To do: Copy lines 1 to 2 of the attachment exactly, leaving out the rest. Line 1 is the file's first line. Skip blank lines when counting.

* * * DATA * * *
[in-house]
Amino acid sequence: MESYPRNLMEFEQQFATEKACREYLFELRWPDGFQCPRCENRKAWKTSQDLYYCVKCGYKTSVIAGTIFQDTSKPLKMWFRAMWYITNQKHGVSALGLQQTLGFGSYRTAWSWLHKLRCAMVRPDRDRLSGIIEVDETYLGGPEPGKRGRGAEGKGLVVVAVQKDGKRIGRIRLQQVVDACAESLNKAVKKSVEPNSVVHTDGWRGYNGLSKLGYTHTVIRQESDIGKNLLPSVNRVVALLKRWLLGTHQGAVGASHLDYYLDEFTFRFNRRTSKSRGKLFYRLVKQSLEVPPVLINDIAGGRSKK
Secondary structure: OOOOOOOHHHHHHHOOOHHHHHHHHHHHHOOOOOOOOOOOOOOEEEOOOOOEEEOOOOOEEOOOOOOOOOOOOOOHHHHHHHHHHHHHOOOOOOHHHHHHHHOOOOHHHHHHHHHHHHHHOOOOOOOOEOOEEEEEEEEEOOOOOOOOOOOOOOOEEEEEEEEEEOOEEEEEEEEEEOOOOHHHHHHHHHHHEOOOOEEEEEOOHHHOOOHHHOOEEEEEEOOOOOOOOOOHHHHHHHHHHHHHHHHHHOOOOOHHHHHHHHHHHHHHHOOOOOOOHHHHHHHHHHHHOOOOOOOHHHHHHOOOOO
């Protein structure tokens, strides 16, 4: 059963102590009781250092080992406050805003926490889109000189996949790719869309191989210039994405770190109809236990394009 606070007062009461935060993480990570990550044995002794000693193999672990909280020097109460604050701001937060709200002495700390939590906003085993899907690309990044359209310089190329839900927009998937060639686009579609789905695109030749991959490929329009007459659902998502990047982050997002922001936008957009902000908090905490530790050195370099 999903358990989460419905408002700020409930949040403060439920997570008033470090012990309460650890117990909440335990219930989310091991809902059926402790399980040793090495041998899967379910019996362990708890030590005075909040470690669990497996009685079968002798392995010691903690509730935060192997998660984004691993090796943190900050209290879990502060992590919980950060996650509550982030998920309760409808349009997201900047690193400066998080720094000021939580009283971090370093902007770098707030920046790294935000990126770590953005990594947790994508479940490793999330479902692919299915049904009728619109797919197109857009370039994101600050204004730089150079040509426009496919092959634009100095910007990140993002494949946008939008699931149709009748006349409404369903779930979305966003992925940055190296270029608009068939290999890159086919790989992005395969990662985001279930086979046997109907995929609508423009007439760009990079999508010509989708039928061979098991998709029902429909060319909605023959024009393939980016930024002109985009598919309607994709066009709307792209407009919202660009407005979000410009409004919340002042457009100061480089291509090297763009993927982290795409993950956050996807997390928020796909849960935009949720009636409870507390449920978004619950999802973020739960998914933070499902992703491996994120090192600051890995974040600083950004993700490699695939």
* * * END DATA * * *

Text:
[in-house]
Amino acid sequence: MESYPRNLMEFEQQFATEKACREYLFELRWPDGFQCPRCENRKAWKTSQDLYYCVKCGYKTSVIAGTIFQDTSKPLKMWFRAMWYITNQKHGVSALGLQQTLGFGSYRTAWSWLHKLRCAMVRPDRDRLSGIIEVDETYLGGPEPGKRGRGAEGKGLVVVAVQKDGKRIGRIRLQQVVDACAESLNKAVKKSVEPNSVVHTDGWRGYNGLSKLGYTHTVIRQESDIGKNLLPSVNRVVALLKRWLLGTHQGAVGASHLDYYLDEFTFRFNRRTSKSRGKLFYRLVKQSLEVPPVLINDIAGGRSKK